Thoughts about Katrina:
Responses to Two Questions about Hurricane Katrina and America's Resilience*
December 1, 2005
*Note: The Forum on Building America's Resilience to Hazards, held December 19-21, 2005, was sponsored by The American Meterorological Society in collaboration with The Space Enterprise Council of the U.S. Chamber of Commerce. All invited attendees were asked to submit responses to any or all of four questions prior to the Forum. These are the author's responses to two of the questions.
Question 1: For years, even decades, experts have seen this disaster coming, not just in broad terms, but in some detail. Why were these warnings unheeded?
Warnings may not have been seriously considered or heeded owing to a variety of reasons including the following:
- a "failure of imagination" and far-sightedness on the part of persons in key roles of responsibility to conceive that an event of catastrophic proportions could occur
- a "failure of imagination" to envision and comprehend in a realistic way what the nature and scope of an event of catastrophic proportions might be like
- a "failure of imagination" even within the field of emergency management to consider worst case catastrophic scenarios, unprecedented in the recent US history
- a tendency to assume even in an event of catastrophic proportions that major elements of the critical infrastructure would either remain functional or be relatively unscathed, including the availability of communications, emergency services, public health and safety services, and the basic necessities of life, and the capability of governing entities to continue to function
- a failure to fully comprehend the differences between moderately severe emergencies in which infrastructure has not been severely damaged or destroyed and catastrophic emergencies in which major elements of the critical infrastructure have ceased to function effectively or ceased functioning altogether. (See The Typology of Emergencies included below for a description of emergencies of varying levels of severity.)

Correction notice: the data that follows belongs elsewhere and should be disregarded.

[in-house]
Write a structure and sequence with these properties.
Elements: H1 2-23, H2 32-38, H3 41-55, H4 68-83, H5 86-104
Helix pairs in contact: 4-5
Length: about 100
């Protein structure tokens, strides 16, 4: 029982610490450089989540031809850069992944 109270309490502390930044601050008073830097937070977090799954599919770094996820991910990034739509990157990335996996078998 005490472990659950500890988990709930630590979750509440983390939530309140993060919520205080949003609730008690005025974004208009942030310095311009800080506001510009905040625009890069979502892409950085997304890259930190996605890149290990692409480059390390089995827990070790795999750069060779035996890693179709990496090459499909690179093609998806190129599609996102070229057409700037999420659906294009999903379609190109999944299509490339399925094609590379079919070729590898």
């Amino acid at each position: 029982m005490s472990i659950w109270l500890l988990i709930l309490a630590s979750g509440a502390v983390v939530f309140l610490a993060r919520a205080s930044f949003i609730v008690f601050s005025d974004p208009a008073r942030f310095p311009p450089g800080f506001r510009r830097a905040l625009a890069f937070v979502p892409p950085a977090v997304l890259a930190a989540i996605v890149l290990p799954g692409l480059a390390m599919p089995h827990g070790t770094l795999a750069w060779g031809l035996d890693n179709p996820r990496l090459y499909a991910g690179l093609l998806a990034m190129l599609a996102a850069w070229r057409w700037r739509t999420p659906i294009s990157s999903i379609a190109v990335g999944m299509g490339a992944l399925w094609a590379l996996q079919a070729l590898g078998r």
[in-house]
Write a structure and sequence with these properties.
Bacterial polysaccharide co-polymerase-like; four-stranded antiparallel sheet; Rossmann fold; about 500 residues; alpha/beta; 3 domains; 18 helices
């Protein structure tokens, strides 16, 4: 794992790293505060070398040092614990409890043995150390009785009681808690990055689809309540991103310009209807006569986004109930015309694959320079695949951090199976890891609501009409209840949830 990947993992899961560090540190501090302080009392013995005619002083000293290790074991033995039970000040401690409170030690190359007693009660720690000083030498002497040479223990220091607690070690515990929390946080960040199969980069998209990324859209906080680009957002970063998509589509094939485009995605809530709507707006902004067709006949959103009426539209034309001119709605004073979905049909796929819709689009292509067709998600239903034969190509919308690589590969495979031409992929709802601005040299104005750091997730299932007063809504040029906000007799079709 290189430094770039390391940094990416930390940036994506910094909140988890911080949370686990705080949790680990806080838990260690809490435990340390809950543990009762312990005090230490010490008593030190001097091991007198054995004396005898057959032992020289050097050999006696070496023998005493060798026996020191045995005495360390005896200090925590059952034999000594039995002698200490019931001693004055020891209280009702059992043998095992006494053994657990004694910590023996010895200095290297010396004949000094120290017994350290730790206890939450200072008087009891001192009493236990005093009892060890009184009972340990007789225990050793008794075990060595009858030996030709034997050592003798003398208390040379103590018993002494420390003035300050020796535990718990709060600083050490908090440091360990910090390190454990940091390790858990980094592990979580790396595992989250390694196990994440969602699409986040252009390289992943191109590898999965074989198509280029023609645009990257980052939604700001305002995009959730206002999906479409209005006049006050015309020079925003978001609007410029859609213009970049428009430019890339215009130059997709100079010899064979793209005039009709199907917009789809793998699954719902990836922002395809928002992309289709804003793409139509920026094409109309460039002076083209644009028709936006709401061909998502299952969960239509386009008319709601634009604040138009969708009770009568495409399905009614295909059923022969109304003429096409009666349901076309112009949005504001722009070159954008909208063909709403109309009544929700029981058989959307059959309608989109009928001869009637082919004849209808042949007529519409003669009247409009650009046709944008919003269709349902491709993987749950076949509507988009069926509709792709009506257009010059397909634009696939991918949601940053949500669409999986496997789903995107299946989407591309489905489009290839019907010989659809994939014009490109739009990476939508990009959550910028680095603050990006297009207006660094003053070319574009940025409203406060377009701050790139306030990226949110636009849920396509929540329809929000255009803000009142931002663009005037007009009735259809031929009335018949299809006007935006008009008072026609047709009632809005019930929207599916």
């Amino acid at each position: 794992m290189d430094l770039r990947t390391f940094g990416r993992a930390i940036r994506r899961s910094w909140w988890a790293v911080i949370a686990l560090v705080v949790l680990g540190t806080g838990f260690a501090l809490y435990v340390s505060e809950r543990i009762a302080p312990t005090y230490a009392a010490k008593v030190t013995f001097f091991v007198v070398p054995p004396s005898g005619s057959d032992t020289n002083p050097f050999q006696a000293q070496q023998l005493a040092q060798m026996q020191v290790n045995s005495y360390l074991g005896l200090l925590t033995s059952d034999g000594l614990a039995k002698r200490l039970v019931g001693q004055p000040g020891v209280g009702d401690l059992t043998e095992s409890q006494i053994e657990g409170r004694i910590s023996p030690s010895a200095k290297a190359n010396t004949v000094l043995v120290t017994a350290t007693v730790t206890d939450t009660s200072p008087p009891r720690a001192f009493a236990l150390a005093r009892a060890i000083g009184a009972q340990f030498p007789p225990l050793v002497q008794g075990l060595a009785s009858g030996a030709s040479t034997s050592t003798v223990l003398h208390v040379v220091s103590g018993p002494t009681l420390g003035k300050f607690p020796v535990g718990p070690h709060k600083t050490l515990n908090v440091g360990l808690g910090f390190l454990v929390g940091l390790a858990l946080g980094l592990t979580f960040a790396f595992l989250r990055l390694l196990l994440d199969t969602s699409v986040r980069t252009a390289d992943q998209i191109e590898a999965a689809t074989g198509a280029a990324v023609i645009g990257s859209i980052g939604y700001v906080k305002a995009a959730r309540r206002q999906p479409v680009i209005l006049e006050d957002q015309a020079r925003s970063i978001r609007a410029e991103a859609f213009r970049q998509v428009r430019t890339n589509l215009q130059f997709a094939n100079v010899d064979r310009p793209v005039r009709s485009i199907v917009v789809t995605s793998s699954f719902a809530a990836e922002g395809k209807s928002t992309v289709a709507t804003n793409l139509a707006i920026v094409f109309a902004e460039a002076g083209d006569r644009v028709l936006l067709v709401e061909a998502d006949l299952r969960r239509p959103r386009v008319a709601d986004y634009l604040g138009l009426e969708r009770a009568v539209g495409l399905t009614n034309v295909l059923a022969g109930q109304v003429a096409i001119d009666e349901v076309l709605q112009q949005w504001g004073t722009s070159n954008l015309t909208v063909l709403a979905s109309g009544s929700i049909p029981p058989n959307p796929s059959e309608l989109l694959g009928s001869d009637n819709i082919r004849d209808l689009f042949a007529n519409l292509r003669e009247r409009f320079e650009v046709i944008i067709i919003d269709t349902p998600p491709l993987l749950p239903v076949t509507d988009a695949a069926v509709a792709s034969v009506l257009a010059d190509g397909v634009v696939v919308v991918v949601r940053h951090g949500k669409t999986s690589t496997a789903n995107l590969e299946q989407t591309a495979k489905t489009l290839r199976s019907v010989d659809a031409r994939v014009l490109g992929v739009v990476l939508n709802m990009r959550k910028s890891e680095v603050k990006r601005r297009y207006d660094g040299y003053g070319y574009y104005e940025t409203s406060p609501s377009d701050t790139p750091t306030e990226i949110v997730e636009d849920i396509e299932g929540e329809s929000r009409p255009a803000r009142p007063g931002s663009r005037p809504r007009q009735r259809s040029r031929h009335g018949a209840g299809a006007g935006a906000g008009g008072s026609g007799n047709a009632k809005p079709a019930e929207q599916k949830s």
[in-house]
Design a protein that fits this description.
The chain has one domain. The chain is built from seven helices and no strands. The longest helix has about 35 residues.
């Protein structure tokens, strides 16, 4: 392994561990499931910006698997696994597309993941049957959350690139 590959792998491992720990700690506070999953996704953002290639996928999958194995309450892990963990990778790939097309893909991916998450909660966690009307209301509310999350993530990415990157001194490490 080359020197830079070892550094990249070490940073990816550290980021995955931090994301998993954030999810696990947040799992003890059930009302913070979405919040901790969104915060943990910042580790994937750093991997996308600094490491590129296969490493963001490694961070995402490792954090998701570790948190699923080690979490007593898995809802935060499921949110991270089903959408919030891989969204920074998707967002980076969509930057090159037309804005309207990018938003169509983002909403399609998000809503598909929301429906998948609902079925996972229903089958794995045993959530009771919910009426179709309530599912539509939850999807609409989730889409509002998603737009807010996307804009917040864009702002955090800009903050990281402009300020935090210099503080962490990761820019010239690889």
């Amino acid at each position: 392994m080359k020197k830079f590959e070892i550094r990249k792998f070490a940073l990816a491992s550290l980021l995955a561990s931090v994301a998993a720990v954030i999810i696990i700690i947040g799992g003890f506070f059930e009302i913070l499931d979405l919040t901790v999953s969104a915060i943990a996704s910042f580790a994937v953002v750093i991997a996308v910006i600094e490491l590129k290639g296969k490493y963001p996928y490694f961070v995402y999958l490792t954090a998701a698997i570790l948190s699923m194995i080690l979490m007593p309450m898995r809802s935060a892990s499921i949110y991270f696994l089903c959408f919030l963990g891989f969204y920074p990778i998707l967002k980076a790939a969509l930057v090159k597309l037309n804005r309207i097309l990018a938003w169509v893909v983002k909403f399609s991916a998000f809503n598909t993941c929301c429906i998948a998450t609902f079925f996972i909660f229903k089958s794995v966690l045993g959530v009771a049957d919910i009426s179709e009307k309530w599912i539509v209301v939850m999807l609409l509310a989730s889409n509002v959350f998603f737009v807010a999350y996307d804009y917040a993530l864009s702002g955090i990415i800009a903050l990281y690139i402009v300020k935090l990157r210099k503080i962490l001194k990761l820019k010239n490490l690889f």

- a tendency to assume that the social fabric would not be seriously impacted or placed in jeopardy, that civil disorder and lawlessness would not break out, and that those in roles of responsibility in government would and could continue to govern effectively
- a disinclination to believe that an event of catastrophic proportions might occur
- denial of the possibility that an event of catastrophic proportions could occur or might occur
- the difficulties involved in both acquiring and applying knowledge and understanding and in also applying such knowledge and understand to decisionmaking and action
- a failure at times of individuals in key roles of responsibility to keep the public good uppermost in mind
- a tendency to think in terms of calculated risks and economic and political tradeoffs and to follow paths of lesser resistance and least near-term costs
- a tendency of those in key roles of public responsibility as well as the general public to be relatively uninformed concerning the potential for catastrophic events to occur and the exigencies of emergencies of all levels of severity, particularly emergencies of catastrophic proportions.
|Size of Emergency||Numbers of Dead & Injured & Extent of Damage and Destruction||Roles of Government||General Approaches||Capacity for Providing Care||Kinds of Skills and Training Needed|
|Small Scale||Scores with minimal damage||Local||Surging of capabilities||Adequate capacity for providing care||Focus is on meeting needs of a small scale emergency|
|Medium Scale||Hundreds with minimal to moderate damage||Local, state, regional||Surging of capabilities and providing for makeshift Capabilities||Capacity for providing care is taxed but not overwhelmed||Focus is on meeting needs of a medium scale emergency|
|Large Scale||Thousands with moderate damage and destruction||All levels of government||Surging of capabilities and taking extraordinary steps to provide for makeshift capabilities||Capacity for providing care is taxed and verging on being overwhelmed||Focus is on meeting needs of a large scale emergency|
|Catastrophic Scale||Millions with major catastrophic damage and destruction||All levels of government||Augmenting whatever is in place and with makeshift Capabilities||Capacity for providing care is overwhelmed||Focus is on developing improvisational skills and meeting needed in an emergency of catastrophic scale|
|Mega-Catastrophe||Multi-millions plus with unprecedented catastrophic damage and destruction||Remaining vestiges of government||Augmenting whatever is left in place with largely makeshift capabilities||Capacity for providing care is totally overwhelmed||Focus on meeting the needs of a worst case catastrophe which requiring reliance on improvisational skills|